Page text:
The holidays are fast approaching and will be in our faces before we know it.

Every year, residents are faced with the challenges of the season, including gift buying and giving, social gatherings and all the stresses that are an integral part of the holidays. These challenges are expected and can be considerably lessened by prior planning and coordination.

What we can’t control are the criminals who use the holidays as prime time for criminal activity such as robbery, burglary, assault and theft. We can, however, lessen or even alleviate our chances of being victimized by taking a few precautions and observing some common-sense rules of self- preservation.

Criminals rely on unwary consumers as prey. All too often, holiday shoppers are so engrossed in their own activities they are unaware of the activities of those around them.

When shopping, do so in the company of other family members or friends. There is strength in numbers. Thieves do not want witnesses to their crimes and thieves will think twice about accosting a group.

At the store or mall, park your vehicle in a well-lit and well-traveled area as close to the store entrance as possible. Remember where you parked it.

Be aware of people around you, particularly those who appear to be loitering in a parking lot.

On your shopping trip, take only the credit cards or cash you intend to use. Leave the rest at home in a secure place. Never carry large amounts of cash.

Upon leaving the store or mall with your purchases, be aware of loiterers or those who may be watching you. If you feel uneasy, return to the store and request a security escort to your vehicle. Store personnel will be happy to oblige.

On approaching your vehicle, have keys in hand to avoid a delay by having to fumble for them. If using a remote unlocking device, do not open your doors until you reach your vehicle. Before entering, scan the interior of your vehicle to be sure no one is hiding inside.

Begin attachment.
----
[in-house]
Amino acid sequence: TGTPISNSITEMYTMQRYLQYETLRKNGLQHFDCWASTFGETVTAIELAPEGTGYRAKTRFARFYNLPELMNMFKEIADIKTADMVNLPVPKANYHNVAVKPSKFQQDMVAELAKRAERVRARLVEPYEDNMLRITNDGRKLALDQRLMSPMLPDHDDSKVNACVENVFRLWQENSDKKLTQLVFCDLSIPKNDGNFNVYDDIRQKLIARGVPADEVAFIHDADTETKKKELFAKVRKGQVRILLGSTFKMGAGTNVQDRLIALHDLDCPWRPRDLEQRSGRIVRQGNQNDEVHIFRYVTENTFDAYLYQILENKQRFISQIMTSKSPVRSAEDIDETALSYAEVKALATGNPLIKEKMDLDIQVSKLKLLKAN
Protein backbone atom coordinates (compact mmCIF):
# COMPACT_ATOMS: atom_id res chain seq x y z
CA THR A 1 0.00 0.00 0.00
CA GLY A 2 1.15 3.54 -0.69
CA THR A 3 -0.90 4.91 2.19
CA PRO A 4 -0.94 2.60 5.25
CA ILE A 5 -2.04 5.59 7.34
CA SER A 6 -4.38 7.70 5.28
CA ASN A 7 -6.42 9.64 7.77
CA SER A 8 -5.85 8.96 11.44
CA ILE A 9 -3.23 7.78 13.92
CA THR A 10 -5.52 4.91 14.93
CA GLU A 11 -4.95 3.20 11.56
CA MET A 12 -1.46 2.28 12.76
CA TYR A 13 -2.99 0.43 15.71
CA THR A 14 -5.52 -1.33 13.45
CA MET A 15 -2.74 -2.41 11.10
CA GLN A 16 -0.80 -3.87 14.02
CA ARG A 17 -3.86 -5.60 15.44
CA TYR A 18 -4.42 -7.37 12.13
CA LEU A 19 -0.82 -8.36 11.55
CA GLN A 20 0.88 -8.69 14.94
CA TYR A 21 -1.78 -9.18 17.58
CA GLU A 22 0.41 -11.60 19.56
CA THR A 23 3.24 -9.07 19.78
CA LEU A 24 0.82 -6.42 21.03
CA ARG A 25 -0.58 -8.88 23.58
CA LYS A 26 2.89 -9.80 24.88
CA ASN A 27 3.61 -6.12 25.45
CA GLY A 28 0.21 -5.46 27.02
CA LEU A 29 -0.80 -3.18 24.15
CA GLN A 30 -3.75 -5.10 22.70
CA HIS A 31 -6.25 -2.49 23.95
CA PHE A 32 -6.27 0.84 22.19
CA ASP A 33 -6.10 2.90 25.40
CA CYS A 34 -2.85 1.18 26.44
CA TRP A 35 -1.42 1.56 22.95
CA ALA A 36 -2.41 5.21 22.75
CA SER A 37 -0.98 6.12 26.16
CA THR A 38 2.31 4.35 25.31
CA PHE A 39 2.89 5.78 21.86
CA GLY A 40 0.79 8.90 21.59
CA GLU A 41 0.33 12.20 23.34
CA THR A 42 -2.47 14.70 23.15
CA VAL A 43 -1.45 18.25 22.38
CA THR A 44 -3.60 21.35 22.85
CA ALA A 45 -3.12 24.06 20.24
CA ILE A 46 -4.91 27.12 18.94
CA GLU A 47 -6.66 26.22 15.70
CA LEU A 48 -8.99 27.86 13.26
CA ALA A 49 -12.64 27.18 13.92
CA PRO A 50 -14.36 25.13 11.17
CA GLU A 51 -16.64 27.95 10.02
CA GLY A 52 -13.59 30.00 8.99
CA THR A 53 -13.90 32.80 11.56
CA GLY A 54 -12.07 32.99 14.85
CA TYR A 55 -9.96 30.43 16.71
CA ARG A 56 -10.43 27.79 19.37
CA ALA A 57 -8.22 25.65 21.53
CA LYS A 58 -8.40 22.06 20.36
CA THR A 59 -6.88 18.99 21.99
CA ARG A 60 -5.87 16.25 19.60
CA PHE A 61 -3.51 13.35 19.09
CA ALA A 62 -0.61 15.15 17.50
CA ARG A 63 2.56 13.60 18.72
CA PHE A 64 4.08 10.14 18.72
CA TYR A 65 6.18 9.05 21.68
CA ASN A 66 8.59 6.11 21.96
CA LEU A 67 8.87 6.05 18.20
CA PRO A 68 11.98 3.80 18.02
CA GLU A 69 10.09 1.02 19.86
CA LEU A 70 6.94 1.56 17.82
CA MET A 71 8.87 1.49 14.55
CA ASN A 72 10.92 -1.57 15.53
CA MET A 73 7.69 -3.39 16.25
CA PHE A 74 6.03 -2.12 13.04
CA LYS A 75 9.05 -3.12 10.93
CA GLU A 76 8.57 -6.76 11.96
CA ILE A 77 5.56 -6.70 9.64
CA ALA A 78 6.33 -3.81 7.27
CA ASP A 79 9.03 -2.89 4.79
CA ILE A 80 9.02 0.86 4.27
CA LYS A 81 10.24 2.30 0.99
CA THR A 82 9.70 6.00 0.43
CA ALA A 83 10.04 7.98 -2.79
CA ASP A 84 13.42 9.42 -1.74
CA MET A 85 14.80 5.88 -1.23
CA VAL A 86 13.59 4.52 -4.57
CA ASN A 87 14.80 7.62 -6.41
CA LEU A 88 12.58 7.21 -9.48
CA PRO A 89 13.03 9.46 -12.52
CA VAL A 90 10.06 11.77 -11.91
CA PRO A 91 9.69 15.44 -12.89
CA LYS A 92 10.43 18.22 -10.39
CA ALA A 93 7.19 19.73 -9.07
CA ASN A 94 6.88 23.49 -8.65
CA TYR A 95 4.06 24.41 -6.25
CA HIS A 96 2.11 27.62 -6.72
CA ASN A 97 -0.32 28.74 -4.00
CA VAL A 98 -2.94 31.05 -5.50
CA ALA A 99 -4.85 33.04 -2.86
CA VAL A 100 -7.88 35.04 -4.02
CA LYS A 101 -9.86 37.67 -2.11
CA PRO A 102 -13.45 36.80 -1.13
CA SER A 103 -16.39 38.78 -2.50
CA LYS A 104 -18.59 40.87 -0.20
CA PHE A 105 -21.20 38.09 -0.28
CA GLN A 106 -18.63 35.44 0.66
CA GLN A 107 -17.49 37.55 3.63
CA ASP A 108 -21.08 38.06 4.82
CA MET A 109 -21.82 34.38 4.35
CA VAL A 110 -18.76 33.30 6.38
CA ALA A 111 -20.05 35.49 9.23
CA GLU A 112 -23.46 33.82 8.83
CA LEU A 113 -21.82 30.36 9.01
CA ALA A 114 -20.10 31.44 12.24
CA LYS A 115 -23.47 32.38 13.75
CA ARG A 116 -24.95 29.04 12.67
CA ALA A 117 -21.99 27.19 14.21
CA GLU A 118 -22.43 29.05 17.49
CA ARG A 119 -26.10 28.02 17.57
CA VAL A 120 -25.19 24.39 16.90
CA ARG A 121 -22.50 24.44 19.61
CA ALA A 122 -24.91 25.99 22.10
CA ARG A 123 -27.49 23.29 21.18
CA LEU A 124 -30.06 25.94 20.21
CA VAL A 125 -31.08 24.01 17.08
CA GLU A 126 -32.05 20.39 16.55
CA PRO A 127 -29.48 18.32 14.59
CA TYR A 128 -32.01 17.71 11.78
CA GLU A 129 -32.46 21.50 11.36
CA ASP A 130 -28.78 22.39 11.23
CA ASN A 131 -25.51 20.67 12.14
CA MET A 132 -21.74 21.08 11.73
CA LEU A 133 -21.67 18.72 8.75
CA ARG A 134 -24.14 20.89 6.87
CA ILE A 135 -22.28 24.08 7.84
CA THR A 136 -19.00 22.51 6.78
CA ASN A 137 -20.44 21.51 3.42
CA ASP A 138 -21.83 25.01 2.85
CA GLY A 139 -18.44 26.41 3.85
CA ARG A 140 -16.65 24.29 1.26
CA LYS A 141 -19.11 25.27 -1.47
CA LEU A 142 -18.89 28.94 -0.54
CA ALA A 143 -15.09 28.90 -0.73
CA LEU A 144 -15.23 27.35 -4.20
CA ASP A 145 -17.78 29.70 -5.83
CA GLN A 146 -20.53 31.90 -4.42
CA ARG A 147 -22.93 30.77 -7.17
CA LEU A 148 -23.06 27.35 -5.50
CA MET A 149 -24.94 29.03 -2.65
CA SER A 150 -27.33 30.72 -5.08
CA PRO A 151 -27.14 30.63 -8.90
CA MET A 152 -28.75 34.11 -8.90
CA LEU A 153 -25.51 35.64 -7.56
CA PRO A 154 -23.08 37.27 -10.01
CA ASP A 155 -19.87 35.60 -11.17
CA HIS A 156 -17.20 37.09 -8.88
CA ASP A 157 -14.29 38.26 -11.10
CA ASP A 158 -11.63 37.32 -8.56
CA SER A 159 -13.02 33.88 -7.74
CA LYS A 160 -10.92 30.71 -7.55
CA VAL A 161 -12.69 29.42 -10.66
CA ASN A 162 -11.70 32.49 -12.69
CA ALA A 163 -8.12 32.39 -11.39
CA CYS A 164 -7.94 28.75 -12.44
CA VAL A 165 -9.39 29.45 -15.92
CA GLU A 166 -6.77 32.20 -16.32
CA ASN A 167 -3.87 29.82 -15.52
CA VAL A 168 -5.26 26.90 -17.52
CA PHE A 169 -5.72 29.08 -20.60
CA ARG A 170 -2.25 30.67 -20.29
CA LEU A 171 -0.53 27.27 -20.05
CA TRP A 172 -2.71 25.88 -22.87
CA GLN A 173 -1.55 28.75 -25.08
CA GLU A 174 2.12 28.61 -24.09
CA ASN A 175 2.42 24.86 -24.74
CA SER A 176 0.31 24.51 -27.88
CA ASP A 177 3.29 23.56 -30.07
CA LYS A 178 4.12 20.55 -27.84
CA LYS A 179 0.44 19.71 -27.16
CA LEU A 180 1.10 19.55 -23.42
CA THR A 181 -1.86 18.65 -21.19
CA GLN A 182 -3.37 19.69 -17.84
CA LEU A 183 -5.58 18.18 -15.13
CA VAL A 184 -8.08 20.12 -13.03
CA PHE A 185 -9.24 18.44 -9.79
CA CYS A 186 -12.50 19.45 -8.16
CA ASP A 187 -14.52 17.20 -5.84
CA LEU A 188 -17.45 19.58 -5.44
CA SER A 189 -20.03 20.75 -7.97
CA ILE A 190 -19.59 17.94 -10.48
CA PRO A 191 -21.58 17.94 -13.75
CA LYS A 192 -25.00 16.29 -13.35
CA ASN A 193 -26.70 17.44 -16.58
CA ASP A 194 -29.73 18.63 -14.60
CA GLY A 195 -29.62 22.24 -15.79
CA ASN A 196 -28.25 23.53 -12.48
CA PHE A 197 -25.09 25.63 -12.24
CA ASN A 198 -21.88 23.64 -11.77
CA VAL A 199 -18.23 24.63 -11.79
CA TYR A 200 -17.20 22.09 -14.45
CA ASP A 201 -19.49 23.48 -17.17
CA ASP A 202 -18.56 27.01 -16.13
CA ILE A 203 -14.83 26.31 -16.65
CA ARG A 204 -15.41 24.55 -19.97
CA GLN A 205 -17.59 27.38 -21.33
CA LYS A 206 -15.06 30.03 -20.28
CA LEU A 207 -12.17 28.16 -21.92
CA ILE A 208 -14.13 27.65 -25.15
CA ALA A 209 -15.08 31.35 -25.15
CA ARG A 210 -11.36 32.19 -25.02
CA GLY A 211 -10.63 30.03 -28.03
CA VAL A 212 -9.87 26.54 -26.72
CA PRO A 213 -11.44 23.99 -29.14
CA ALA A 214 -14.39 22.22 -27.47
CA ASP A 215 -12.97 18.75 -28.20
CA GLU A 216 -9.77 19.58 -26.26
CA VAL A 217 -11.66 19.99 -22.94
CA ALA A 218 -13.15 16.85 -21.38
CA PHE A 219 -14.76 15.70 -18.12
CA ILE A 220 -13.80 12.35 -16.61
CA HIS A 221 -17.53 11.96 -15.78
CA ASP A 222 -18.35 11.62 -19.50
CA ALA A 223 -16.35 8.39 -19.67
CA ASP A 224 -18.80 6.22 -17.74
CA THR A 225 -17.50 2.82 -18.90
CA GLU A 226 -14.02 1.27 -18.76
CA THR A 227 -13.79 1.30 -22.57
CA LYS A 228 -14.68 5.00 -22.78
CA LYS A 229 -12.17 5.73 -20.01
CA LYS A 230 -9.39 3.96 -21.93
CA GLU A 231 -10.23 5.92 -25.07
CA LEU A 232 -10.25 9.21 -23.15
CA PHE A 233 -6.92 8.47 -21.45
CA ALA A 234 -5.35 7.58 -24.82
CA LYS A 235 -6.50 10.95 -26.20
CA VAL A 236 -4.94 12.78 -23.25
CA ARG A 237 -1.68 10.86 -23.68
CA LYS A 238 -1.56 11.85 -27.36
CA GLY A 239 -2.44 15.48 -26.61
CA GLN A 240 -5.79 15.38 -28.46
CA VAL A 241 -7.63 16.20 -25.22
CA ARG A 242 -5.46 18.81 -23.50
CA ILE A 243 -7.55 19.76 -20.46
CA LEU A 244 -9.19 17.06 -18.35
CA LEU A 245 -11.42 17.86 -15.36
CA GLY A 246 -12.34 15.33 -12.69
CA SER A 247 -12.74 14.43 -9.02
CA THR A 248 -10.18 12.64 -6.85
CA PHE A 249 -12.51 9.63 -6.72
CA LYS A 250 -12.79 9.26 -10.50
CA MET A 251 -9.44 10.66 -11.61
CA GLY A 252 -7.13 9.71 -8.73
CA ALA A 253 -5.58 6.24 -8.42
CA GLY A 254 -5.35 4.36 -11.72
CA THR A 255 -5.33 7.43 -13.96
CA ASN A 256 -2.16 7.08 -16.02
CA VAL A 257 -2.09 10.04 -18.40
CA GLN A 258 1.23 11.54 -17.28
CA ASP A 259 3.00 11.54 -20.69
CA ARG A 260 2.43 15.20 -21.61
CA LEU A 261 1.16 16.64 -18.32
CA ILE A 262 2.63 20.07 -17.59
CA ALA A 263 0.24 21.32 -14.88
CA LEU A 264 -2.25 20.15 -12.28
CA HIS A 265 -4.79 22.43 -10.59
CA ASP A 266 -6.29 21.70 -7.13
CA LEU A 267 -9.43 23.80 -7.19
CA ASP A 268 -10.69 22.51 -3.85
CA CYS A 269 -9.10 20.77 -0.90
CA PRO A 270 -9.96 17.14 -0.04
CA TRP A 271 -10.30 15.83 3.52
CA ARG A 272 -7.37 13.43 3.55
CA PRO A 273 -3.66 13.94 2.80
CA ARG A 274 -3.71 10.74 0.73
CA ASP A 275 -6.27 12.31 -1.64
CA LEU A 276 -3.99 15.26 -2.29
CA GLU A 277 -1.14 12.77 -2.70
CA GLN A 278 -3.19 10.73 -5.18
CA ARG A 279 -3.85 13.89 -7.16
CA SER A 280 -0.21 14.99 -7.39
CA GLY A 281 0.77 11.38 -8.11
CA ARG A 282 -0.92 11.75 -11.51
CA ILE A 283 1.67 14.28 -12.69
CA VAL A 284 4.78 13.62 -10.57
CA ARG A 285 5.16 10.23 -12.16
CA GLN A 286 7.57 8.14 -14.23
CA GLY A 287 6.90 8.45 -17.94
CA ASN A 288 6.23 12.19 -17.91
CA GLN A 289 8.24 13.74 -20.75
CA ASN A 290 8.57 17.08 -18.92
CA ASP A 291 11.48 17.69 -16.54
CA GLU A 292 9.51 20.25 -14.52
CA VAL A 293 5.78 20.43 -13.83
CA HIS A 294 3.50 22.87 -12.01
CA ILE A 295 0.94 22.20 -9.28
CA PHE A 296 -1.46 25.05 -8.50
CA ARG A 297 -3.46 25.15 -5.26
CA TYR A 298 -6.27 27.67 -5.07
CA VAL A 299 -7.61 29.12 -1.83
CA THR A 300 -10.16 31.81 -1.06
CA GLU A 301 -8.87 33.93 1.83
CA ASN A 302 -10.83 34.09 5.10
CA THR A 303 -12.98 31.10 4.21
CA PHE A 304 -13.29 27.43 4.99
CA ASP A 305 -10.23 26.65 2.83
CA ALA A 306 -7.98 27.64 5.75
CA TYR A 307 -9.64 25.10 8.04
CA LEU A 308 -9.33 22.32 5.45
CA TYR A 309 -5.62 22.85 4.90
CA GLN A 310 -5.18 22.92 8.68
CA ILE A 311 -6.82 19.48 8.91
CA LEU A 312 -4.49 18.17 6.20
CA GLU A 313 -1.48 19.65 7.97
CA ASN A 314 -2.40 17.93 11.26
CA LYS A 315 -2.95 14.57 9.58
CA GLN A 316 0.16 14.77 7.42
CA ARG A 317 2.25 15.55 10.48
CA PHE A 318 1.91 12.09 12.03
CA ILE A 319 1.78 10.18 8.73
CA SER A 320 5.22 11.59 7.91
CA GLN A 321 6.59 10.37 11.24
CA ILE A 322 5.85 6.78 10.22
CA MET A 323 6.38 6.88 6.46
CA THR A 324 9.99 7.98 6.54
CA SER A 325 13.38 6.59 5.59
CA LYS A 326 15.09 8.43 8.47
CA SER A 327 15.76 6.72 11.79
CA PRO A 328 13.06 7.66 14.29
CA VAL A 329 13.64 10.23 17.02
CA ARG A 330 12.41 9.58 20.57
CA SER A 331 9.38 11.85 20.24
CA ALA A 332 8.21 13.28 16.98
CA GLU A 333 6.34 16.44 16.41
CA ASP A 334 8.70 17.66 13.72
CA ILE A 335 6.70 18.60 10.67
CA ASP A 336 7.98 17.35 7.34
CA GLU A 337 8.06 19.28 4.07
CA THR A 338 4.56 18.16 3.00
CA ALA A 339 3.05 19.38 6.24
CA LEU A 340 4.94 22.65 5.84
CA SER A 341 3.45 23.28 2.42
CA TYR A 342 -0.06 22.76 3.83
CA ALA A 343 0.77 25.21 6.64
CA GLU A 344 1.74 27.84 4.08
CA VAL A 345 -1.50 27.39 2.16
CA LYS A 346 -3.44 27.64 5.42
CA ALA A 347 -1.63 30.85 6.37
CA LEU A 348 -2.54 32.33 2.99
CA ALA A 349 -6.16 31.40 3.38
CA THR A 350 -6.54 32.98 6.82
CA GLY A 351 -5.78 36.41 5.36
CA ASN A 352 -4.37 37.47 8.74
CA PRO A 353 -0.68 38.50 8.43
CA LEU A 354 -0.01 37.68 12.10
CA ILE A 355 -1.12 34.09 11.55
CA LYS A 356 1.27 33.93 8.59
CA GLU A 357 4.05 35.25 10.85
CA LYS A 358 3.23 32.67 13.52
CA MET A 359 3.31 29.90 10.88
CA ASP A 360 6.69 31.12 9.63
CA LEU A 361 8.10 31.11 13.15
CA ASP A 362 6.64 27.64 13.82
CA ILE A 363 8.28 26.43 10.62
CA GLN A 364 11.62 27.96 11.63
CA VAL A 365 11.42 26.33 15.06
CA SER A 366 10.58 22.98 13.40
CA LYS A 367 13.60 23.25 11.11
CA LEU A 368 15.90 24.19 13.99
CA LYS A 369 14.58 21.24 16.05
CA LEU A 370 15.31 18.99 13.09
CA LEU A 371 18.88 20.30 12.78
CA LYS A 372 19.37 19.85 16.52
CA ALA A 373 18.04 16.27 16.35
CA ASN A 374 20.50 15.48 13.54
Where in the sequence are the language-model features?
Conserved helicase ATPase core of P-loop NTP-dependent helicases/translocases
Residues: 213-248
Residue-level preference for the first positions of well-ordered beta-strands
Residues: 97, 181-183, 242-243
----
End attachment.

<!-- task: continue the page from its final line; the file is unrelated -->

Stow purchases out of sight. A locked trunk is the best option.

When inside your vehicle, keep windows up and doors locked. Stow purses, wallets and cellphones out of sight.

If using an ATM, choose one that is well lit and in a safe location. Avoid it if you see loiterers in the area.

While most credit card transactions are completed digitally, some temporary holiday vendors may use analog receipts. Collect all carbon copies and watch the vendor to ensure that your credit card number and security code are not copied.

Beware of scams. The holidays bring scammers to the fore. If any deal sounds too good to be true, it is probably a scam. Never provide personal information to anyone you do not know and trust.

In the event that you are robbed or someone steals your belongings, do not resist. Do not chase someone who has victimized you as he or she may have a weapon and may use it to stop you.

Instead, try to obtain and remember a description of the suspect and his clothing for later identification and police information. Call 911. Property can be replaced. You can’t be.

In your home, avoid placing wrapped gifts under or around a tree in plain view. These are tempting targets for anyone peering into your home in search of an easy mark. Keep gifts stowed until they are given in the company of friends and family.

If traveling for the holidays, ask a trusted neighbor to keep an eye of your home. Mail and newspapers should be retrieved daily to avoid the appearance that the home is unoccupied. And for heaven’s sake, don’t leave a porch light on during daylight hours. Nothing says “not at home” like an unnecessary porch light and a stack of newspapers.

John Vander Werff is a 30-year veteran of law enforcement and a Copperas Cove resident.​

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